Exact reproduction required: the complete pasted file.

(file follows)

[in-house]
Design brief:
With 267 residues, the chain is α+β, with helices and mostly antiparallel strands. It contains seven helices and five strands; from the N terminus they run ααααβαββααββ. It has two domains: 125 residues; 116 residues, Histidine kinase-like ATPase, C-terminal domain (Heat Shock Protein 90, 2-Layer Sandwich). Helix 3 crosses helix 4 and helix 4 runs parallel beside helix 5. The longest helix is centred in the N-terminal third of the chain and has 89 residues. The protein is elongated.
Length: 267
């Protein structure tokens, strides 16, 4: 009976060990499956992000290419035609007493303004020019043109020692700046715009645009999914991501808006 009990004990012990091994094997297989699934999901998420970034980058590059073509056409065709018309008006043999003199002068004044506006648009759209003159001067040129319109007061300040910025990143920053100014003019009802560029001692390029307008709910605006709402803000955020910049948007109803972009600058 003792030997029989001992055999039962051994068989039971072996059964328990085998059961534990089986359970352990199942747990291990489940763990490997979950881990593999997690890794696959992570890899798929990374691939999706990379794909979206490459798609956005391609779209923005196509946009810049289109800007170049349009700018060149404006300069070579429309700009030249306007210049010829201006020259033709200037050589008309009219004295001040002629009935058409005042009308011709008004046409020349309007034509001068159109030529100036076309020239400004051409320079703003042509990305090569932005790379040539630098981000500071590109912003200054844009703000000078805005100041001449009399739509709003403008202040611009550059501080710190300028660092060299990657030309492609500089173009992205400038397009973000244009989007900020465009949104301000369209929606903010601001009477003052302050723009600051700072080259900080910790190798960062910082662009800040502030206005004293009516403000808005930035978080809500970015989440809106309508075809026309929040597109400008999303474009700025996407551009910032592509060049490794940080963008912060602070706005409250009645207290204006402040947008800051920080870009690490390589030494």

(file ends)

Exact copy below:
[in-house]
Design brief:
With 267 residues, the chain is α+β, with helices and mostly antiparallel strands. It contains seven helices and five strands; from the N terminus they run ααααβαββααββ. It has two domains: 125 residues; 116 residues, Histidine kinase-like ATPase, C-terminal domain (Heat Shock Protein 90, 2-Layer Sandwich). Helix 3 crosses helix 4 and helix 4 runs parallel beside helix 5. The longest helix is centred in the N-terminal third of the chain and has 89 residues. The protein is elongated.
Length: 267
């Protein structure tokens, strides 16, 4: 009976060990499956992000290419035609007493303004020019043109020692700046715009645009999914991501808006 009990004990012990091994094997297989699934999901998420970034980058590059073509056409065709018309008006043999003199002068004044506006648009759209003159001067040129319109007061300040910025990143920053100014003019009802560029001692390029307008709910605006709402803000955020910049948007109803972009600058 003792030997029989001992055999039962051994068989039971072996059964328990085998059961534990089986359970352990199942747990291990489940763990490997979950881990593999997690890794696959992570890899798929990374691939999706990379794909979206490459798609956005391609779209923005196509946009810049289109800007170049349009700018060149404006300069070579429309700009030249306007210049010829201006020259033709200037050589008309009219004295001040002629009935058409005042009308011709008004046409020349309007034509001068159109030529100036076309020239400004051409320079703003042509990305090569932005790379040539630098981000500071590109912003200054844009703000000078805005100041001449009399739509709003403008202040611009550059501080710190300028660092060299990657030309492609500089173009992205400038397009973000244009989007900020465009949104301000369209929606903010601001009477003052302050723009600051700072080259900080910790190798960062910082662009800040502030206005004293009516403000808005930035978080809500970015989440809106309508075809026309929040597109400008999303474009700025996407551009910032592509060049490794940080963008912060602070706005409250009645207290204006402040947008800051920080870009690490390589030494």